What is Groupthink?

Groupthink is a psychological theory that involves the idea of humans in groups conforming to an idea without having the facts. It is a phenomenon that occurs when a group of individuals reaches a consensus without critical reasoning or evaluation of the consequences or alternatives.

Groupthink is based on a common desire not to upset the balance of a group of people. This desire creates a dynamic within a group whereby creativity and individuality tend to be stifled in order to avoid conflict.

In a business setting, groupthink can cause employees and supervisors to overlook potential problems in the pursuit of consensus thinking. Because individual critical thinking is de-emphasized or frowned upon, employees may self-censor and not suggest alternatives for fear of upsetting the status quo.

Some organizations have no clear rules upon which to make decisions. Groupthink occurs when a party ignores logical alternatives and makes irrational decisions.

Yale University social psychologist Irving Janis coined the term groupthink in 1972. Janis theorized that groups of intelligent people sometimes make the worst possible decisions based on several factors.

The eight traits of groupthink

The social psychologist identified eight signs, symptoms, or traits of groupthink, all of which lead to flawed conclusions. In summary, the group may have an illusion of invincibility and consider that nothing the group decides to do can go wrong.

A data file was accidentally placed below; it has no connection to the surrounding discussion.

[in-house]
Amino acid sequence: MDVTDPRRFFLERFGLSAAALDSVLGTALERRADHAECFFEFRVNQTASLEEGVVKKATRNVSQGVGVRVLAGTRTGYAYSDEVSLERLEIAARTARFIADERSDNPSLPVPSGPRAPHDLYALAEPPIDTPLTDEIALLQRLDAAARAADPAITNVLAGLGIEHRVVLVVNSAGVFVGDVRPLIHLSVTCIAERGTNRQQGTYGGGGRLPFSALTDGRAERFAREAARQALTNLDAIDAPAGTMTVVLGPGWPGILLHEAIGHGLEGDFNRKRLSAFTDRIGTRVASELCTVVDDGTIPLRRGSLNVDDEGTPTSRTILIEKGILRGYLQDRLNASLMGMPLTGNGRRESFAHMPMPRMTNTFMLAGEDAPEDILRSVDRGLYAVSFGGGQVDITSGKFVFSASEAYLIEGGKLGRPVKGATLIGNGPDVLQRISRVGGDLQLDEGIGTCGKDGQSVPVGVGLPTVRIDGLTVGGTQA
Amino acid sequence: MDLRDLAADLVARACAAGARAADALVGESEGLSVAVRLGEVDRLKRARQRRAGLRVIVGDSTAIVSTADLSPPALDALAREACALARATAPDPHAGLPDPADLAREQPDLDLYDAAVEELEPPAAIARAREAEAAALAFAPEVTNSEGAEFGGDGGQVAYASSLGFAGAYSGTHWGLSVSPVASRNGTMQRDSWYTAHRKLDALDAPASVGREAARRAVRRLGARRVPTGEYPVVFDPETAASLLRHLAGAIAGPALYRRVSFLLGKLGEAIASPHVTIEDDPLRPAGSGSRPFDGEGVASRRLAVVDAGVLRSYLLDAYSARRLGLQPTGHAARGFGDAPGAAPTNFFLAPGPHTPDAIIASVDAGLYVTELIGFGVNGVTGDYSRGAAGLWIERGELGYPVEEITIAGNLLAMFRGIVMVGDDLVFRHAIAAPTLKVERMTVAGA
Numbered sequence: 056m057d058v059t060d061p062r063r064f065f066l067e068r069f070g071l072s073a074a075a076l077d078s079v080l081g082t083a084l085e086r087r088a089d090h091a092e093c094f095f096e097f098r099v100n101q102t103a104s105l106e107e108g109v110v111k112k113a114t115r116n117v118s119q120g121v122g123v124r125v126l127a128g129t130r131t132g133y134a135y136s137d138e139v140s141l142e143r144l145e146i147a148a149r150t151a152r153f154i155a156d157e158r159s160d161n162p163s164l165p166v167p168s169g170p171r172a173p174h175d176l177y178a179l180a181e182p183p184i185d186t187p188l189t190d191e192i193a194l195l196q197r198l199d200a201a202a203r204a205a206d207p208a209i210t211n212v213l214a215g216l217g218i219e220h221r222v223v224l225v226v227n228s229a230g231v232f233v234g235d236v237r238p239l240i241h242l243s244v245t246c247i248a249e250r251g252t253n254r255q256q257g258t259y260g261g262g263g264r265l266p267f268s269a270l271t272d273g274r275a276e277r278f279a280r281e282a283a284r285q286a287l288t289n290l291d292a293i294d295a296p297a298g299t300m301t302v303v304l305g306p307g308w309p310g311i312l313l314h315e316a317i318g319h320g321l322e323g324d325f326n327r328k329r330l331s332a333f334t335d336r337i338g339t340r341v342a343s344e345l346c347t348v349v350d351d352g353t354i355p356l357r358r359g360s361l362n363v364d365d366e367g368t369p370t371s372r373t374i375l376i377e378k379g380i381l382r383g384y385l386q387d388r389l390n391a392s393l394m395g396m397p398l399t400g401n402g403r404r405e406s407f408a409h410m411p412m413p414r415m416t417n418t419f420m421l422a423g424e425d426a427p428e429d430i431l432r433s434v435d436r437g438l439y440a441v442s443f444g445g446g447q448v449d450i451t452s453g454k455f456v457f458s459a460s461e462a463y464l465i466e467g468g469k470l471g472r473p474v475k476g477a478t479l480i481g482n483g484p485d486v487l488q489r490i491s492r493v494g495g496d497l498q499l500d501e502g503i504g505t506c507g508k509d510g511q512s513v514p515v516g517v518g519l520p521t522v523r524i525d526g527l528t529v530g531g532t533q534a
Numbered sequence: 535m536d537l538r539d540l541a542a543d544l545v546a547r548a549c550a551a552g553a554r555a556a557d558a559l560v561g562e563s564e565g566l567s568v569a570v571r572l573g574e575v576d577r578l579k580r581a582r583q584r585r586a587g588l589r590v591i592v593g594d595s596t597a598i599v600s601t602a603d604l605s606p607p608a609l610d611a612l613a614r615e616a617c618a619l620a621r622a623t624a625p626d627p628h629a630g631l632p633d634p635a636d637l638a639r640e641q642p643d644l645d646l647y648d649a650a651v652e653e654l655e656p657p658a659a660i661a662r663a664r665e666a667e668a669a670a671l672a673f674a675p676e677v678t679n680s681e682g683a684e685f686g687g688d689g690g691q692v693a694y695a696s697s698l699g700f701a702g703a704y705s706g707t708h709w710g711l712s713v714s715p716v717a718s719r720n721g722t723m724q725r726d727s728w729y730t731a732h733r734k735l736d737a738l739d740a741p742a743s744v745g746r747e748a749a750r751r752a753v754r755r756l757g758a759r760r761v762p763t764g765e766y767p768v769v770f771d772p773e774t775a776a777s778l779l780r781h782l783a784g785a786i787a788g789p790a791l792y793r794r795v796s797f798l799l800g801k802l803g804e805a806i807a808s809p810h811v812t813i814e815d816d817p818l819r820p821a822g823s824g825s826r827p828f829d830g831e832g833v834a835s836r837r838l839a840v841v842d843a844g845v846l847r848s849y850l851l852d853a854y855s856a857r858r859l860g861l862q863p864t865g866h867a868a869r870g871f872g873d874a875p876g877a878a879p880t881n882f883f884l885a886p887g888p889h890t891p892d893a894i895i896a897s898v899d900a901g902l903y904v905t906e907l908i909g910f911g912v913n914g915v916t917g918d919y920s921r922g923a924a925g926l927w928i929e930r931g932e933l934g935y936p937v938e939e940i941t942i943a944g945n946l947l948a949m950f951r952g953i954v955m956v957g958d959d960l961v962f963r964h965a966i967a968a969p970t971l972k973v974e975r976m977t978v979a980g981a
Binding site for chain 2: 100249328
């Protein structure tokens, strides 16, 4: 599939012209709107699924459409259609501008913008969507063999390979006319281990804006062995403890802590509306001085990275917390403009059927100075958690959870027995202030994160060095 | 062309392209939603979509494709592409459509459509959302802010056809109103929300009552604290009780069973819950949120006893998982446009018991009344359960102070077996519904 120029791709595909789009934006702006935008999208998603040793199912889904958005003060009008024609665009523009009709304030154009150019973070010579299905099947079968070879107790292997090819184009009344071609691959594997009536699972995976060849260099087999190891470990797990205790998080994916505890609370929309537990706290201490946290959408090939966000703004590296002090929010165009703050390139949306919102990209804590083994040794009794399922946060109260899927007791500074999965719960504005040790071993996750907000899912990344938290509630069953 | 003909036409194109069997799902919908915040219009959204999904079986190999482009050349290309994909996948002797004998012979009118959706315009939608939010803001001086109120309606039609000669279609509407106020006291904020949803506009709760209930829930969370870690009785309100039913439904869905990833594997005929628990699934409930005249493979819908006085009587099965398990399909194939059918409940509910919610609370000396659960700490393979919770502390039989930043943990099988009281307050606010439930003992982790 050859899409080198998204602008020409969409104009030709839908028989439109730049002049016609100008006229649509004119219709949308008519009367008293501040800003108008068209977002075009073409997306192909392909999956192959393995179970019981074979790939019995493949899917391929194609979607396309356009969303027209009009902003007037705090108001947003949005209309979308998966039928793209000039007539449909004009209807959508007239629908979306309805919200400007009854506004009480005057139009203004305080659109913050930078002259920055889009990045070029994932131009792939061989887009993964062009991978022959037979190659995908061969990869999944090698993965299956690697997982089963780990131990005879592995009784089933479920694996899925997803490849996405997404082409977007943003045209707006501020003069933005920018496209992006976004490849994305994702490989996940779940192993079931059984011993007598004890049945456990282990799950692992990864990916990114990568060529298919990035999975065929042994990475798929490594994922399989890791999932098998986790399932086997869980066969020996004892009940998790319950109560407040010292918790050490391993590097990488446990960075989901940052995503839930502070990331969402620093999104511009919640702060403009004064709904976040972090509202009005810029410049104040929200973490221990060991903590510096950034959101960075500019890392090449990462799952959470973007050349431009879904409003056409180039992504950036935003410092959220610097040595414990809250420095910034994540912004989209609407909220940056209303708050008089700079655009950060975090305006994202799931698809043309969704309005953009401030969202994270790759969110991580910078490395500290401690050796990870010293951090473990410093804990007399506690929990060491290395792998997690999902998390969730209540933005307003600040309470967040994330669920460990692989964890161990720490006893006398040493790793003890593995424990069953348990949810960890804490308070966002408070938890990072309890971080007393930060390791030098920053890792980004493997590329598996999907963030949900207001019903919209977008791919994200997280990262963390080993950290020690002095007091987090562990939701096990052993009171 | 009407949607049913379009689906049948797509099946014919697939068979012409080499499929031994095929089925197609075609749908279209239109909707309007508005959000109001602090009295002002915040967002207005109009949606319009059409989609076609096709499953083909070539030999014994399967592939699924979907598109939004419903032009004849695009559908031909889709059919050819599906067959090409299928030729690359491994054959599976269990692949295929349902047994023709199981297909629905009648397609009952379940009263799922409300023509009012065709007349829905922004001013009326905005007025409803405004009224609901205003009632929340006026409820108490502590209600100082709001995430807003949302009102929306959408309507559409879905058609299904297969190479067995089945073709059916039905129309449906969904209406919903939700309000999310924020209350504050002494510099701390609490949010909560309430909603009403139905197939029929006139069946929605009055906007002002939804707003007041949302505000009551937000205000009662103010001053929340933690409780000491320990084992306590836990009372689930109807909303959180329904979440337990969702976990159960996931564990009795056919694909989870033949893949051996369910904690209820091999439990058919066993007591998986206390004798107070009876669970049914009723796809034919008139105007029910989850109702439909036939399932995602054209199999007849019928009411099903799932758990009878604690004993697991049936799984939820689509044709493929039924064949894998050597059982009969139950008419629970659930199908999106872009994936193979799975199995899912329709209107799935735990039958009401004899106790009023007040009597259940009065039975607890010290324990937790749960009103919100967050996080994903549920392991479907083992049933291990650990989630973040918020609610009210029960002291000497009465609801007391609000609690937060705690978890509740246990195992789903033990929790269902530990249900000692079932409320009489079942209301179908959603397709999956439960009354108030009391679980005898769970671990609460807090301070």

• Direct pressure: Groupthink divides groups into two camps: the in-group and the out-group. The in-group is in agreement with a decision, while the out-group raises questions or disagrees. The in-group can pressure the out-group to conform to groupthink or risk members viewing them as dissenters or disloyal.
  • The illusion of invulnerability: Lack of questioning or alternate opinions makes in-group team members feel overconfident, leading to greater risk-taking when making decisions.
  • The illusion of unanimity: Group members view the lack of questions regarding their decisions as a sign that everyone in the group agrees with them. The sense of a unified front makes it harder for others to present a dissenting opinion.
  • “Mindguards”: Individual members act as self-appointed gatekeepers, shielding the group leader and other members from different opinions. They keep out any outside influence that might negatively impact group identity.
  • Rationalizing: Groupthink encourages group members to dismiss any outside information, especially warnings or criticisms. Paying attention to this information might make them think deeper about or reconsider their opinions.
  • Self-censorship: Victims of groupthink will repress any ideas or opinions that put them at odds with the group. They may even come to doubt their thoughts and beliefs.
  • Stereotyping: In-group members may argue with and verbally abuse out-group members for their dissenting opinions. Negative biases, which paint them as ignorant, weak-willed, or morally corrupt, may also be part of stereotyping.
  • Unquestioned belief: Illusions of invulnerability, combined with the in-group’s unwavering belief in their own moral and ethical correctness, can lead to defective decision-making. It also causes group members to disregard any consequences for their actions.
See also  Robbers Cave Experiment
Groupthink’s Impact

Collectively, these behaviors may make members of a group be excessively optimistic about their success, ignoring any possible negative outcomes. Members are convinced their cause is right and just, so they ignore any moral quandaries of the group’s decisions.

The group body tends to ignore the suggestions of anyone outside the group.

Dissidents are pressured to come to a consensus. After applying the pressure, the members censor themselves to avoid further rejections and the group assumes the decisions made unanimously.

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